Glossing the same used up plots with a sprinkling of Skype noises and Facebook timelines isn’t going to save the horror genre and it didn’t make me warm to the film anymore than any other film of it’s kind just because it acknowledged social media’s presence in the world.

I know that all movies are fiction and that they often stretch the truth to further their plots, but the problem with making a film for millennials about millennials is that we all know that the FBI can track your IP address. So when Unfriended tells us that someone uploaded a video of Laura anonymously and nobody knows who sent it. All I was thinking was that the police could have easily traced that it was in fact Blair who posted it and she would have probably faced serious consequences then and there. They even reference tracking IP addresses later in the movie which only makes it seem more ridiculous that they wouldn’t know who the video had come from.

The same was true for friend request, when the FBI insisted that Laura delete her account and she told them that she couldn’t there was no way that they wouldn’t have made her do it right then and there in front of them. That’s kinda the point of being able to access the internet everywhere, that she would be able to pull out her phone and show them that she couldn’t delete the account. This is the issue with adults picking a subject that teens are so well versed in, how many times have we been forced through internet safety classes at school? How many assembles and lectures have we been given about cyberbullying and how you can be arrested for harassing people online? Answer, enough to know that most of these movies aren’t possible no matter how haunted your laptop.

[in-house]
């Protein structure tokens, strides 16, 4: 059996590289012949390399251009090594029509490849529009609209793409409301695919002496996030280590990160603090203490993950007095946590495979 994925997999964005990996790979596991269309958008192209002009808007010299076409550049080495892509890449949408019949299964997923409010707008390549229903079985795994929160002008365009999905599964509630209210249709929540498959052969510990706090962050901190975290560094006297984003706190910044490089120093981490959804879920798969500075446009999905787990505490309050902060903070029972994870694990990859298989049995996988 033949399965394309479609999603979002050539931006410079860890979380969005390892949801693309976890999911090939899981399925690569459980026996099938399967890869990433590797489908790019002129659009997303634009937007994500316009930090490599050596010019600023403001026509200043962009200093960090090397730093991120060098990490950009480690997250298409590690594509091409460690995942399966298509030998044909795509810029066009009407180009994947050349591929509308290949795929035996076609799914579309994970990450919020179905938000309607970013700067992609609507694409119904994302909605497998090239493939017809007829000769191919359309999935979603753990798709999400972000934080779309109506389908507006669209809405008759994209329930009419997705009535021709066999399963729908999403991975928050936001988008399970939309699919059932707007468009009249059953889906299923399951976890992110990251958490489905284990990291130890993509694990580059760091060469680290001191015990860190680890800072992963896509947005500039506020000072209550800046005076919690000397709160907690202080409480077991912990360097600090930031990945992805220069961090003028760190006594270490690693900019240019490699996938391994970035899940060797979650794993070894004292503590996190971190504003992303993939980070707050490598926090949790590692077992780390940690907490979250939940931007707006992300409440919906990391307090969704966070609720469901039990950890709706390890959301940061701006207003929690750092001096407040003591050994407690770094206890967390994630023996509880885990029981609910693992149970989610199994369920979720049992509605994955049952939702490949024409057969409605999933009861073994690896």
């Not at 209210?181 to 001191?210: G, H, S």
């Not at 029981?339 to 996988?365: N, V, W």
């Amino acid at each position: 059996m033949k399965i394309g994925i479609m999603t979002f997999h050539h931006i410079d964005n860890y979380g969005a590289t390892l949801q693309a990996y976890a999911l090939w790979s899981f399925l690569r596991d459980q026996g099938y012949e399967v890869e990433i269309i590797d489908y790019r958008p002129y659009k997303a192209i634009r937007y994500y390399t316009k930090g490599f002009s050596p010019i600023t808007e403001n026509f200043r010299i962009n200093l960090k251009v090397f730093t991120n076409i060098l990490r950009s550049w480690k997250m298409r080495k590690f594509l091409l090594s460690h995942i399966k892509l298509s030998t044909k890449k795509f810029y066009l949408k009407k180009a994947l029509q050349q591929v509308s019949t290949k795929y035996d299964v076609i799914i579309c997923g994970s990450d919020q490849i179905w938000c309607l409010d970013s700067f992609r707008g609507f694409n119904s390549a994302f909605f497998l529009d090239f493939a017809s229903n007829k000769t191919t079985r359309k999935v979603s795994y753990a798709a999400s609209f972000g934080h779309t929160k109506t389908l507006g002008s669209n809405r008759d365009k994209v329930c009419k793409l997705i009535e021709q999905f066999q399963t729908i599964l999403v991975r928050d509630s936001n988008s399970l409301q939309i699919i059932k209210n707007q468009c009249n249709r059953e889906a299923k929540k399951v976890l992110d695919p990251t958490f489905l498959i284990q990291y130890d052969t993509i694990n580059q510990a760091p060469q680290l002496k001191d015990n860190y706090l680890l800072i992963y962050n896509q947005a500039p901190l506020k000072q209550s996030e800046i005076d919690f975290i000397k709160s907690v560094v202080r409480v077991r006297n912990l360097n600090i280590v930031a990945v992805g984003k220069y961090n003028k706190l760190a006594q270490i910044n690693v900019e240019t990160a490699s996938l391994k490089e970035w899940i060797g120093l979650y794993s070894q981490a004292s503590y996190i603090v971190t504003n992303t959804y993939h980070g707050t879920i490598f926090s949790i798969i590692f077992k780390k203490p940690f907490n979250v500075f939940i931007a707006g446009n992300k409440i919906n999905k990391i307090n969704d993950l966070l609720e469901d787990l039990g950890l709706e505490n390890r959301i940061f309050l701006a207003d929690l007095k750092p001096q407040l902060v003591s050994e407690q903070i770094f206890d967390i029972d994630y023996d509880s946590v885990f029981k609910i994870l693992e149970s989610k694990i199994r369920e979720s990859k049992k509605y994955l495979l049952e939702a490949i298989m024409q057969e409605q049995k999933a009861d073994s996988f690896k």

Character motivation is another problem that these movies suffer from, either the characters are so unlikable that you wanted them to die [Unfriended] or they seem so innocent that you’re not sure why they’re suffering [Friend Request]. But either way neither emotion is strong enough to make me care about them really. I was rewatching Unfriended to write this article and it struck me just how horrible these people are made out to be. Their worst crime is by no means posting the video that lead to the entities suicide. Perhaps the chirpy Skype screen was enough to distract me the first time around, but upon a second viewing. The characters confess to Date Rape, to selling drugs and to having made a sex tape. I found myself wondering if they were going to talk about murder next.

While the issues of social media horror films are nothing really outside of the problems with most horror films, for me it is the issue of a lack of grounding in reality that makes them so unwatchable. These are the films claiming to represent the new generation, yet their lack of awareness for the rules makes them already seem dated. In a post Scream society, we should be looking at ways to break away from predictable horror tropes rather than finding new ways to dress them up. Honestly the real thing I find horrifying about these movies, is how fast they’re going to look dated.

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Cheyne Bee
Work Experience Contributor